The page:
Actually, one could also drop the above mentioned restriction to groups that make sense in quantum mechanics and then we could also have an anti de Sitter space ($O(2,3) / O(1,3)$). In fact, this shouldn't be surprising as general relativity is a natural generalization of the special relativity so that the Einstein's postulates are actually weak enough that they describe maximally symmetric Lorentzian manifolds (which probably wasn't what Einstein intented originally).

• Thanks Marek; especially for the Bacry, Lévy-Leblond reference and Dyson's talk - the classification of kinematic groups is interesting. But, although establishing the symmetry group implied by the axioms and obtaining Minkowski (or (anti) de Sitter) space as a coset construction is probably the mathematically most powerful and elegant path, I was thinking more of a advanced layman argument. Using simple algebra and diagrams. I should have specified this in the question... – Simon Jul 19 '11 at 15:06
• @Simon: I see. Well, I guess the best thing you can do is asking a new question where you explicitly specify that. I'd also be interested in seeing a nice layman accessible argument (which I don't have unfortunately). – Marek Jul 19 '11 at 15:18
• +1 for the very, very nice paper reference. I have never read this paper before, but it's really amazing. – Rafael Jul 19 '11 at 19:36
• @Marek: I tried to ask another question, but it got merged... so I'll leave this question open for a little longer. – Simon Jul 20 '11 at 0:44
• "there are actually not two but eight kinematical groups that describe isotropic and uniform universes and are also consistent with quantum mechanics"... Did not know that. Very interesting! +1 – Michael Brown Jul 27 '13 at 9:55

First, set the units so that the speed of light is equal to one, so that the path of light rays in space-time are at 45 euclidean degrees. Note that a moving observer has a space-time path which is tilted relative to the t-axis, and the t-axis describes the path of a stationary observer (what I really mean is, get comfortable with space-time pictures). Then restrict yourself to two dimensions, one space, one time.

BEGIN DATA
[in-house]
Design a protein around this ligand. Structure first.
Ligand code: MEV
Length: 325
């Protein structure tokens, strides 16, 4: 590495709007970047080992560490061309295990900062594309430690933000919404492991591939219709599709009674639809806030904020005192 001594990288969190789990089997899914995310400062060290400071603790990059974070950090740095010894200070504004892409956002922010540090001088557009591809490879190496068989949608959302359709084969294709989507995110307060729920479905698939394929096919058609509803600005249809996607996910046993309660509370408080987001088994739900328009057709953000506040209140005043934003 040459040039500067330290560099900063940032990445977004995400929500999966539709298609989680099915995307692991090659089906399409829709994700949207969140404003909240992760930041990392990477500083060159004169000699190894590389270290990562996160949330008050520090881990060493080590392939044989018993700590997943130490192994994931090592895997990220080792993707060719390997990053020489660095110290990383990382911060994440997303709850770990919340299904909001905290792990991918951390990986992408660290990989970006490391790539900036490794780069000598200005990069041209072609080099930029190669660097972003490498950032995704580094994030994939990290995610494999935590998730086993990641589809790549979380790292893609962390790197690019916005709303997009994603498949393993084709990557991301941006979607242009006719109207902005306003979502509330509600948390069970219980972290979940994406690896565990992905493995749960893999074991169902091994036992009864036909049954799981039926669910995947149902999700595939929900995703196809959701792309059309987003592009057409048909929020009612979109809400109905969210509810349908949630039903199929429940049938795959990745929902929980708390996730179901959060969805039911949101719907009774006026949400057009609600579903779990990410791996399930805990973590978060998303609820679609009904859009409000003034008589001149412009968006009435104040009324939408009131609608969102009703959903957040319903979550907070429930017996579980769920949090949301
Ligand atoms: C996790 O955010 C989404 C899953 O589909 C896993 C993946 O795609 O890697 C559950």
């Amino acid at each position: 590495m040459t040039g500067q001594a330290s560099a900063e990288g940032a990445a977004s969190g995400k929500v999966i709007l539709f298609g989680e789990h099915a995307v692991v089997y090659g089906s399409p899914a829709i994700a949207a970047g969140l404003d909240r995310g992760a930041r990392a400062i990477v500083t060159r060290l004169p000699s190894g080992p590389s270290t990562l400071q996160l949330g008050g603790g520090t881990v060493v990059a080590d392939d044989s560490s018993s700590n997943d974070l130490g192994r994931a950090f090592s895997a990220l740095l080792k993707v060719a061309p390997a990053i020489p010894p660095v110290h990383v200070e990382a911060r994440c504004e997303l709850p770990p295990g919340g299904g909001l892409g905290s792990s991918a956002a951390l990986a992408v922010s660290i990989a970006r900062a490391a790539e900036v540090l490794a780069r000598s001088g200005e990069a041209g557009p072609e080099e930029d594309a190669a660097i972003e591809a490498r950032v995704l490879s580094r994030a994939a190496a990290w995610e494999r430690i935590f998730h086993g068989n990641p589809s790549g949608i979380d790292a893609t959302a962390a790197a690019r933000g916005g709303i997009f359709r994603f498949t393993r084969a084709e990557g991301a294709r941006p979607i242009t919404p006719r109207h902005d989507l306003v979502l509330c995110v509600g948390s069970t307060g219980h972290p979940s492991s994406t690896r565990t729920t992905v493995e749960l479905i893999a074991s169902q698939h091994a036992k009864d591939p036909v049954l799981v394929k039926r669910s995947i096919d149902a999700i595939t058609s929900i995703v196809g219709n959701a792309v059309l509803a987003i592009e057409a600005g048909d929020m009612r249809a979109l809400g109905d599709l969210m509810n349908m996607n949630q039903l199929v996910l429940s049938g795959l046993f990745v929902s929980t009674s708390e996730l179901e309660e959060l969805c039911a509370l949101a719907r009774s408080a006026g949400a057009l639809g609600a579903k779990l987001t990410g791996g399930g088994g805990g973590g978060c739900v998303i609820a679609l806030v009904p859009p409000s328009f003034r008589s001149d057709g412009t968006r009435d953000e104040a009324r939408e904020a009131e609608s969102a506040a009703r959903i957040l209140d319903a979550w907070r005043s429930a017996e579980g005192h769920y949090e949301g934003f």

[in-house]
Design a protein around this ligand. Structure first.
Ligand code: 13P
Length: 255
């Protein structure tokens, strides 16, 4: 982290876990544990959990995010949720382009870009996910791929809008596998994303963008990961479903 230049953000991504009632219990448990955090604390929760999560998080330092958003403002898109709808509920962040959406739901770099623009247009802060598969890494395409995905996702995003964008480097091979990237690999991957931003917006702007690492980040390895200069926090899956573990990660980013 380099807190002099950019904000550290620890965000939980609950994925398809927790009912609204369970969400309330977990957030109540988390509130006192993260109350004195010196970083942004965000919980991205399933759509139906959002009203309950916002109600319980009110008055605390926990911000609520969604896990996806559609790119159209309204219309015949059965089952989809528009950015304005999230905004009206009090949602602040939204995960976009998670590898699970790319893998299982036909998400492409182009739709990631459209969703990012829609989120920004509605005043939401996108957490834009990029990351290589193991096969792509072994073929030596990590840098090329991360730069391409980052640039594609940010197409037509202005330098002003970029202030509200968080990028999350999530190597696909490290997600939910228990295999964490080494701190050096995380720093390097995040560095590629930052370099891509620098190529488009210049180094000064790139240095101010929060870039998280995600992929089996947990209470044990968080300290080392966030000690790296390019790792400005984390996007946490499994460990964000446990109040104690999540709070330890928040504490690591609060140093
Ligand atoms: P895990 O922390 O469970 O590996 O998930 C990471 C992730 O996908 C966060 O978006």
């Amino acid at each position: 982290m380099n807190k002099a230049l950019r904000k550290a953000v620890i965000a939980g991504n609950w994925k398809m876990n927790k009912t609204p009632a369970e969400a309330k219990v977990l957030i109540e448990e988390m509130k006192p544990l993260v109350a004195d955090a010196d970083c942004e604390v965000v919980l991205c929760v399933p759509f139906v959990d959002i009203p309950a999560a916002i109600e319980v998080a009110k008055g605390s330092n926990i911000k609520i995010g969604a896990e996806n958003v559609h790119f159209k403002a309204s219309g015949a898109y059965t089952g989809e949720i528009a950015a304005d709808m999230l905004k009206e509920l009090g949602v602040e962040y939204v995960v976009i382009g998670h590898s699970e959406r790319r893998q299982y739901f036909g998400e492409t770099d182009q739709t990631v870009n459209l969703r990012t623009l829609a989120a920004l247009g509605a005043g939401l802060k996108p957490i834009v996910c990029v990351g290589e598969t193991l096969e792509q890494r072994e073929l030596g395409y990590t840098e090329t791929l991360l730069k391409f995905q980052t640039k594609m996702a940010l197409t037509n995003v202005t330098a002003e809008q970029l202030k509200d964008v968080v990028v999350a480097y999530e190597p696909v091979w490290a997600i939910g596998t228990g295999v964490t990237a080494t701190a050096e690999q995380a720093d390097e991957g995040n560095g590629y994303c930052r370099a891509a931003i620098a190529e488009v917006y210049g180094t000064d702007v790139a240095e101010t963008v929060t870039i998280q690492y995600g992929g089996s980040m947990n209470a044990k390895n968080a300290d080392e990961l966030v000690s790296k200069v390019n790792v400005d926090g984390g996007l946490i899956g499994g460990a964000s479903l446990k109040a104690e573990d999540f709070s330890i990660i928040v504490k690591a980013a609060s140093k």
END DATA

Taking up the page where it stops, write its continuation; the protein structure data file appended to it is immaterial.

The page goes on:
A moving observer's t-axis is, by the principle of relativity, his world line. He has a bunch of friends moving along at the same speed, at different positions, and their worldlines are parallel to the first (they are relatively stationary by the principle of relativity, so their worldlines never meet). They also have ticks-points corresponding to their clocks.

The first nontrivial question is "what does the moving observer's x-axis look like?" This is also the first thing Einstein adresses in his relativity paper.

The x-axis is defined in the stationary frame as "all events simultaneous with the origin". Another way of saying this, is that the events at position x and y are simultaneous if the light ray starting at the event at x and the light rays starting at the event from y reach the point (x+y)/2 at the same time. So, by the principle of relativity, if two comoving observers want to synchronize their clocks, the friend at x and the friend at y send a light signal at what they think is the same clock-tick to the friend at (x+y)/2. If (x+y)/2 gets the signal from both at the same time, he tells them "ok--- you're synchronous". This can be seen on a space-time diagram It is important to convince yourself of the following: the x-axis of the moving observer is tilted up by the same amount that the t-axis of the moving observer is tilted right, so that the light signal from e and the light signal from f both reach g on the parallel line halfway inbetween. The reason is that the light-rays are still on 45 degrees for the moving observer, which is Einstein's principle of the constancy of the speed of light.

Two lines are relativistically-perpendicular if one is the x-axis for the other's t-axis. Convince yourself that two lines are perpendicular when they have the same tilt relative to the 45-degree lines corresponding to paths of light rays.

Now you are ready for a proof of the Minkowski version pythagorean theorem.

### Chinese Minkowski Pythagorean theorem The middle space-time shape that looks like a diamond is really a square in relativity--- you must remember what perpendicularity means: same tilt relative to the 45-degree line. By adding areas:

$(a+b)^2 = c^2 + 2ab + 2b^2$

$c^2 = a^2 - b^2$

• "Chinese Minkowski Pythagorean theorem" ... is awesome. – Stan Liou Aug 16 '11 at 6:05
• Why is the theorem Chinese? – Scott Carnahan Aug 16 '11 at 7:32
• This is the Minkowski version of the Chinese proof of the Pythagorean theorem. – Ron Maimon Aug 16 '11 at 13:41
• Awesome proof. Did you invented it? If not please give me some external link @RonMaimon – Self-Made Man Jun 20 '14 at 15:12